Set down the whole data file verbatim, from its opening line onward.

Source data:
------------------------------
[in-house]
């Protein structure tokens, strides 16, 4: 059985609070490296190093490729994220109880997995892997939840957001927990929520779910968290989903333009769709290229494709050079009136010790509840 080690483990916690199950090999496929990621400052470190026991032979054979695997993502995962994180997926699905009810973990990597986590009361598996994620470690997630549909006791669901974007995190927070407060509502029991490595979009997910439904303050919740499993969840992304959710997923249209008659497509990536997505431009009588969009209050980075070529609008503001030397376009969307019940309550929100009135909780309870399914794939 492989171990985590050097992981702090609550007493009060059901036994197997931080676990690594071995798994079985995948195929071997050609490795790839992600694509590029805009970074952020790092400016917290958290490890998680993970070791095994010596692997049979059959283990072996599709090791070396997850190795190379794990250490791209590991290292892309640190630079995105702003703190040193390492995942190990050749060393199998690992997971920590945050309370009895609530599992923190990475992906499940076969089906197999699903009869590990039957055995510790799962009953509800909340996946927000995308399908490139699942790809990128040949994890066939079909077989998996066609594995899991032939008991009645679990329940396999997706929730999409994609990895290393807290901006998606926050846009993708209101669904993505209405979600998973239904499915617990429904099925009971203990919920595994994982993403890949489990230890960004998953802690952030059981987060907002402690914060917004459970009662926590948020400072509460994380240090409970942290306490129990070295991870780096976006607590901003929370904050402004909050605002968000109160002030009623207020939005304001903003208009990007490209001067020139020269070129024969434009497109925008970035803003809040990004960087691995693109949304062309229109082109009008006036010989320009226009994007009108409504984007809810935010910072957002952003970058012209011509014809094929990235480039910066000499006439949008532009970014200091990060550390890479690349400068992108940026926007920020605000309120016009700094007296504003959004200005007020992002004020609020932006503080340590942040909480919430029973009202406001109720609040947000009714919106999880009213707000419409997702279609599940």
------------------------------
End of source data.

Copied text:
[in-house]
């Protein structure tokens, strides 16, 4: 059985609070490296190093490729994220109880997995892997939840957001927990929520779910968290989903333009769709290229494709050079009136010790509840 080690483990916690199950090999496929990621400052470190026991032979054979695997993502995962994180997926699905009810973990990597986590009361598996994620470690997630549909006791669901974007995190927070407060509502029991490595979009997910439904303050919740499993969840992304959710997923249209008659497509990536997505431009009588969009209050980075070529609008503001030397376009969307019940309550929100009135909780309870399914794939 492989171990985590050097992981702090609550007493009060059901036994197997931080676990690594071995798994079985995948195929071997050609490795790839992600694509590029805009970074952020790092400016917290958290490890998680993970070791095994010596692997049979059959283990072996599709090791070396997850190795190379794990250490791209590991290292892309640190630079995105702003703190040193390492995942190990050749060393199998690992997971920590945050309370009895609530599992923190990475992906499940076969089906197999699903009869590990039957055995510790799962009953509800909340996946927000995308399908490139699942790809990128040949994890066939079909077989998996066609594995899991032939008991009645679990329940396999997706929730999409994609990895290393807290901006998606926050846009993708209101669904993505209405979600998973239904499915617990429904099925009971203990919920595994994982993403890949489990230890960004998953802690952030059981987060907002402690914060917004459970009662926590948020400072509460994380240090409970942290306490129990070295991870780096976006607590901003929370904050402004909050605002968000109160002030009623207020939005304001903003208009990007490209001067020139020269070129024969434009497109925008970035803003809040990004960087691995693109949304062309229109082109009008006036010989320009226009994007009108409504984007809810935010910072957002952003970058012209011509014809094929990235480039910066000499006439949008532009970014200091990060550390890479690349400068992108940026926007920020605000309120016009700094007296504003959004200005007020992002004020609020932006503080340590942040909480919430029973009202406001109720609040947000009714919106999880009213707000419409997702279609599940």